The state of Ohio participated in the expansion of Medicaid under Obamacare much to the chagrin of Republican primary voters across the country who haven't exactly endorsed Governor John Kasich's presidential candidacy, but that doesn't mean Republicans in the state legislature have given up on trying toss the working poor overboard.
Under a new proposal pushed by state lawmakers, those who enroll in Medicaid would be forced to pay a premium on top of what they already pay in taxes.
The proposal, subject to federal approval, would require those being treated for breast and cervical cancer, teens coming out of foster care and other working-age, nondisabled adults on Medicaid to make monthly payments into a health-savings account to help cover their expenses beginning Jan. 1, 2018.
Nearly 3 million Ohioans are enrolled in Medicaid, the government health insurance program for the poor and disabled. About half would be subject to the new requirements which must be approved by federal regulators. Medicaid officials project an average of 130,000 beneficiaries would lose coverage each year of the five-year pilot.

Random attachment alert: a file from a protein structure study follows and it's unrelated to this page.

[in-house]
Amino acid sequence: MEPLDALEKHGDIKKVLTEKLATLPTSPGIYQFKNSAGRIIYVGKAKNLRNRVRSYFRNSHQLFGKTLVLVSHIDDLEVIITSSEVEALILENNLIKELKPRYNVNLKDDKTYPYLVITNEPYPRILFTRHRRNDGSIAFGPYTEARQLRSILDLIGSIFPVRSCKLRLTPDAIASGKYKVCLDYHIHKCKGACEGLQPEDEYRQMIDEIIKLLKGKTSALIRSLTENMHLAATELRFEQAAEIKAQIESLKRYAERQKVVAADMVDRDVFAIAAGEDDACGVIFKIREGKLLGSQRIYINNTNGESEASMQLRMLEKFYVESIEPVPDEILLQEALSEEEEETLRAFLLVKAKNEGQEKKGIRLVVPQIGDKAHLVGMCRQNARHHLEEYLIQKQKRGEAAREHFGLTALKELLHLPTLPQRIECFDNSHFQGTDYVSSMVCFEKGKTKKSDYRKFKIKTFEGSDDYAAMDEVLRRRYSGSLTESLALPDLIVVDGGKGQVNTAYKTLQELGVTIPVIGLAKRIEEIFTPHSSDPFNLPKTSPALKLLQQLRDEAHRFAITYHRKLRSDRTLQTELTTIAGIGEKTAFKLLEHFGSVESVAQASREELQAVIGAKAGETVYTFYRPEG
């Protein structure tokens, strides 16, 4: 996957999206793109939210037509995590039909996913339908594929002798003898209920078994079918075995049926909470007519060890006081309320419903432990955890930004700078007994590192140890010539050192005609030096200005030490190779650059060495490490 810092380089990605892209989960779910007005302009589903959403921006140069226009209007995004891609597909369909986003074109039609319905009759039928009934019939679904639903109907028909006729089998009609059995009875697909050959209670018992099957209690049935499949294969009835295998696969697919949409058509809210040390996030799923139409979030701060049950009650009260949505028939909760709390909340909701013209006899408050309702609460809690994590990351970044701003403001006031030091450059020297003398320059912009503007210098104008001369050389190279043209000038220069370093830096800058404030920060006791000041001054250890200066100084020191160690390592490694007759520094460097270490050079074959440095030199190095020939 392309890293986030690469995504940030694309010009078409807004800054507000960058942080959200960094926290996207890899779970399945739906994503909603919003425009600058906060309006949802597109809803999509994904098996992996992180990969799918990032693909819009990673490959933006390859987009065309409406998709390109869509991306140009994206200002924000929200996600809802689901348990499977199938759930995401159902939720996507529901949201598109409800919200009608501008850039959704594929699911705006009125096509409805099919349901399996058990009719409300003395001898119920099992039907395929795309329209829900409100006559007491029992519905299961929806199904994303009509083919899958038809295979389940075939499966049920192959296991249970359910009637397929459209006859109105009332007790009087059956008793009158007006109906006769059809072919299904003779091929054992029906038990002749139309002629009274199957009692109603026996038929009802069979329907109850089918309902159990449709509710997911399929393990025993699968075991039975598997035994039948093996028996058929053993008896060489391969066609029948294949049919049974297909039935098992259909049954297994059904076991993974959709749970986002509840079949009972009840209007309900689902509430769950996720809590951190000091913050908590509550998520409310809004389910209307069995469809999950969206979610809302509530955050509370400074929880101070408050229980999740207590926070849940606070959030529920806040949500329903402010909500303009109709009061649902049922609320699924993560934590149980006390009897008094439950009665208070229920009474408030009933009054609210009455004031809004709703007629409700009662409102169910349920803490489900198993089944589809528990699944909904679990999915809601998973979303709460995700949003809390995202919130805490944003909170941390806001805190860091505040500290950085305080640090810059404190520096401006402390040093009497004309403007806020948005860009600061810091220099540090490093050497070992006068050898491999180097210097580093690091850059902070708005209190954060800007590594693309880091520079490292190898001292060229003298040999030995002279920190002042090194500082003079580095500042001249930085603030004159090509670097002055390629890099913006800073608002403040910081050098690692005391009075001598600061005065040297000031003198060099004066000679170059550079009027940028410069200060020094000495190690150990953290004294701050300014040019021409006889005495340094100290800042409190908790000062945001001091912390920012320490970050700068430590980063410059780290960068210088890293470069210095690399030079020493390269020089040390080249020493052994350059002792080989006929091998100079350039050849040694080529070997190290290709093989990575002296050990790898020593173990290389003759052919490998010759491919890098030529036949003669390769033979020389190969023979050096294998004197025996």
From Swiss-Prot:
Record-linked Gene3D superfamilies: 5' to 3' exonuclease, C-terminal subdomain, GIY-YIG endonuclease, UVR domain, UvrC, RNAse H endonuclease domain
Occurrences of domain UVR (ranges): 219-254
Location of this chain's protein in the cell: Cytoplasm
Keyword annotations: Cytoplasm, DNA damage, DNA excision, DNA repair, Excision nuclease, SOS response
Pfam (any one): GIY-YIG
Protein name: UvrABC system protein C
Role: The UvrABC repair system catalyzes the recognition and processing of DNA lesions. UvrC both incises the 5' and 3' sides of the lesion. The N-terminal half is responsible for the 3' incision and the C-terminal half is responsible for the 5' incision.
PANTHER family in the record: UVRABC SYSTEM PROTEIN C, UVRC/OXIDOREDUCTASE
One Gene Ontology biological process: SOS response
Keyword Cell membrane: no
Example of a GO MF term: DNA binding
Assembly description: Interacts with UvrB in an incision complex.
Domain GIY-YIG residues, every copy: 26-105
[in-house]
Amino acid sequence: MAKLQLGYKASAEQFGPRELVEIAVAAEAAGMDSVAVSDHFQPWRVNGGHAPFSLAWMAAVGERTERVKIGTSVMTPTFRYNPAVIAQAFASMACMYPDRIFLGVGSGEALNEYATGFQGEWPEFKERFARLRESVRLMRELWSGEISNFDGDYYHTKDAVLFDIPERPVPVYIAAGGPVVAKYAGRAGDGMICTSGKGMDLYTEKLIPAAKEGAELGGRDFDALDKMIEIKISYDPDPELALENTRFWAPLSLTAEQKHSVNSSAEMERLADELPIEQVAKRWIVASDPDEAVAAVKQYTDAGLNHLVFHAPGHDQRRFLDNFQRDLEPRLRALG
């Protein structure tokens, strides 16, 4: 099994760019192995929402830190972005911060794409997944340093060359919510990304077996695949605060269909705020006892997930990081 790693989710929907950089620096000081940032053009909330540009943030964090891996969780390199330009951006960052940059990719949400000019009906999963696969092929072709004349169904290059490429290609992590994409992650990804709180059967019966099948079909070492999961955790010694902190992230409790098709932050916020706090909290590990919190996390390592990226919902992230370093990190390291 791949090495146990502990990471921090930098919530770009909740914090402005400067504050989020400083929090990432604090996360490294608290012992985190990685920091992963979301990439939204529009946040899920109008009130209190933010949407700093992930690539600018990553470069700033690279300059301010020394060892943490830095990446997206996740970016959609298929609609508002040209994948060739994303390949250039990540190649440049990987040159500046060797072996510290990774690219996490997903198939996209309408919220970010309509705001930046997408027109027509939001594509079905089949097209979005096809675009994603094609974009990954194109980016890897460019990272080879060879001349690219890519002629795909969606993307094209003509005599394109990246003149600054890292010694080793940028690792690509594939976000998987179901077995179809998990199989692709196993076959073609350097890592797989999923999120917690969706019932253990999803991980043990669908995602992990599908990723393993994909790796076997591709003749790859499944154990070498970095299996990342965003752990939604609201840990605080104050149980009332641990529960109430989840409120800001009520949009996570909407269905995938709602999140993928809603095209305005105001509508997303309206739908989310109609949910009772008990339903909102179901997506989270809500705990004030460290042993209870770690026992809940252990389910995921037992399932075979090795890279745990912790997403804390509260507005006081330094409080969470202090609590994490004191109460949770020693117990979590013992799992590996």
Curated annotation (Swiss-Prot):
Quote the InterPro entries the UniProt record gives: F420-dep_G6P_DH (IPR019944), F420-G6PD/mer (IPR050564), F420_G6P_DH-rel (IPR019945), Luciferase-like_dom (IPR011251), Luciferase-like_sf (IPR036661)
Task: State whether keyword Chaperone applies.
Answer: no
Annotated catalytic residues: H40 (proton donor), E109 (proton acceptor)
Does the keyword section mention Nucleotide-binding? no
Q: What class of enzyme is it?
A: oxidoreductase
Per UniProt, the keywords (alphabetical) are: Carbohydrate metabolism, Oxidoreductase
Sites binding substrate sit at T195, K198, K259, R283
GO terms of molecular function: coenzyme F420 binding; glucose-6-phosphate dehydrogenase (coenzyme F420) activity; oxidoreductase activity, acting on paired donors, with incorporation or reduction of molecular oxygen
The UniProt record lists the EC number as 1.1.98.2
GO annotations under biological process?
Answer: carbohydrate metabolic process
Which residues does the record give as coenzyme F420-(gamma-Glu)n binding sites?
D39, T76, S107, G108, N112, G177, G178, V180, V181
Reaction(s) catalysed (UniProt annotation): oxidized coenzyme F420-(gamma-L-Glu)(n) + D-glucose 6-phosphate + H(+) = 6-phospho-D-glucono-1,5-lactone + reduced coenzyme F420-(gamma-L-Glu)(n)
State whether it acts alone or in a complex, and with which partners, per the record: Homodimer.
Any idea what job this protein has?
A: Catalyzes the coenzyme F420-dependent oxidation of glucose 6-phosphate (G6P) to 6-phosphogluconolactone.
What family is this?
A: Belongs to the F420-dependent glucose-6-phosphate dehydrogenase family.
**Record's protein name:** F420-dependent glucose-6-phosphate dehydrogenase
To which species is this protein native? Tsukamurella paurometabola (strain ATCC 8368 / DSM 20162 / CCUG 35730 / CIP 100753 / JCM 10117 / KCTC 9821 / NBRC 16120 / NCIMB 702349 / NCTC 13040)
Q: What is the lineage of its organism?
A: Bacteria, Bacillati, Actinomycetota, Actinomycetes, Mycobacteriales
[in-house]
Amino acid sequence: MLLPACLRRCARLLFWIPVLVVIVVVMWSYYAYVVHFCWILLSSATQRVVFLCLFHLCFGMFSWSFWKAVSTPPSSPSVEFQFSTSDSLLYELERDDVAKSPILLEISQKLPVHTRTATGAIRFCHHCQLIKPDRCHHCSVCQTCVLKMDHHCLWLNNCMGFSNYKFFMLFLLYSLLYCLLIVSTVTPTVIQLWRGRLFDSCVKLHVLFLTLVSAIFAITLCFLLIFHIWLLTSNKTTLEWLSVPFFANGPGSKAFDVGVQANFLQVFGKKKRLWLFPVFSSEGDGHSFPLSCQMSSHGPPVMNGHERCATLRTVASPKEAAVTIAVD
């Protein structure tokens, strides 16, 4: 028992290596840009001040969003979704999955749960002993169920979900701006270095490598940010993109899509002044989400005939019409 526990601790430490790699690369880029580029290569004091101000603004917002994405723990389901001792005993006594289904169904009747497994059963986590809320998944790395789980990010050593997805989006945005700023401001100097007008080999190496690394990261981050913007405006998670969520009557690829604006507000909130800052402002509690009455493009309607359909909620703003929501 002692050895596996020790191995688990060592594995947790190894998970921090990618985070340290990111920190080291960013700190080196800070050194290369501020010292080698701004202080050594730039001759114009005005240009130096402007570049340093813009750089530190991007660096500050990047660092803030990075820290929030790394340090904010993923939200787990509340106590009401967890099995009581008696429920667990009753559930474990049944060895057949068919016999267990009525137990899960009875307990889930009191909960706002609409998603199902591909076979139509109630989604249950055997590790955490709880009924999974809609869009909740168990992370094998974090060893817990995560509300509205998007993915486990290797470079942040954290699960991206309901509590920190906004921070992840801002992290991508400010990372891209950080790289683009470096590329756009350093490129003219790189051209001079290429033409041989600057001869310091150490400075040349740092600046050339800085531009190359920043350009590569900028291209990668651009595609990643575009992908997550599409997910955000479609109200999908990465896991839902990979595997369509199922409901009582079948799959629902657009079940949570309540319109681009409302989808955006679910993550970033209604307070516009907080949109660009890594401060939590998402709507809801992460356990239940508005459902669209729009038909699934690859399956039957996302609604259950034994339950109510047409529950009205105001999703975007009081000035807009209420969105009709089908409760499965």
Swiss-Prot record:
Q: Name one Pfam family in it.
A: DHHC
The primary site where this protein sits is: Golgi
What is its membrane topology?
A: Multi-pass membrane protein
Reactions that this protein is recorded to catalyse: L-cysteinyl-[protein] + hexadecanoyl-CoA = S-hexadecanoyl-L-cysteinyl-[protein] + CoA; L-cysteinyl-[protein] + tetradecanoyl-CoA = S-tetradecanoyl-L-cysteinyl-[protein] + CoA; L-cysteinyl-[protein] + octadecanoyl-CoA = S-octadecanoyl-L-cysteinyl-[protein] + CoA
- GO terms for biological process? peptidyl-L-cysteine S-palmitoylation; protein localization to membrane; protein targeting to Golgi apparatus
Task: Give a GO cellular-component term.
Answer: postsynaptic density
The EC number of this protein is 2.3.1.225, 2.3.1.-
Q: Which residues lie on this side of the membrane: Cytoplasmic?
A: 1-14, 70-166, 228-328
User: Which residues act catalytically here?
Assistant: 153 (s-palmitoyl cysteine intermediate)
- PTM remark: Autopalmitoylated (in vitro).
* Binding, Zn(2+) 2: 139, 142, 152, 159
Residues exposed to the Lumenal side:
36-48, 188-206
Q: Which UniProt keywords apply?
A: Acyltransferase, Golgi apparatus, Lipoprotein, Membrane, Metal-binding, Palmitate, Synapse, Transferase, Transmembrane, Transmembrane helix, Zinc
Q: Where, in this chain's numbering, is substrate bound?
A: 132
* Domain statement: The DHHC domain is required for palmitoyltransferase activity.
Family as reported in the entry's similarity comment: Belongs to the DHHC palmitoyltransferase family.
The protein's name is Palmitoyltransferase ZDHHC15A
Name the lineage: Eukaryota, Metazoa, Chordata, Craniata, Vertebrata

Governor John Kasich suggested that the new premium should only be imposed on those with incomes above 100 percent of the federal poverty level, but Republicans in the state legislature did not agree. Not that I believe Kasich deserve praise for his suggestion. He doesn't. He should have rejected the entire proposal.
Republicans believe the state must take these steps to save money, but the federal government will still cover 95 percent of the cost of Medicaid expansion in 2017 and at least 90 percent of the cost in 2020 and beyond.
The cost of kicking this many people off their coverage would undoubtedly wipe out a significant portion of any potential savings that would be gained by denying them coverage. Sick people with no coverage tend to visit emergency rooms more often. There's also the loss of business and economic activity for the local healthcare industry in Ohio.
This is a very bad idea.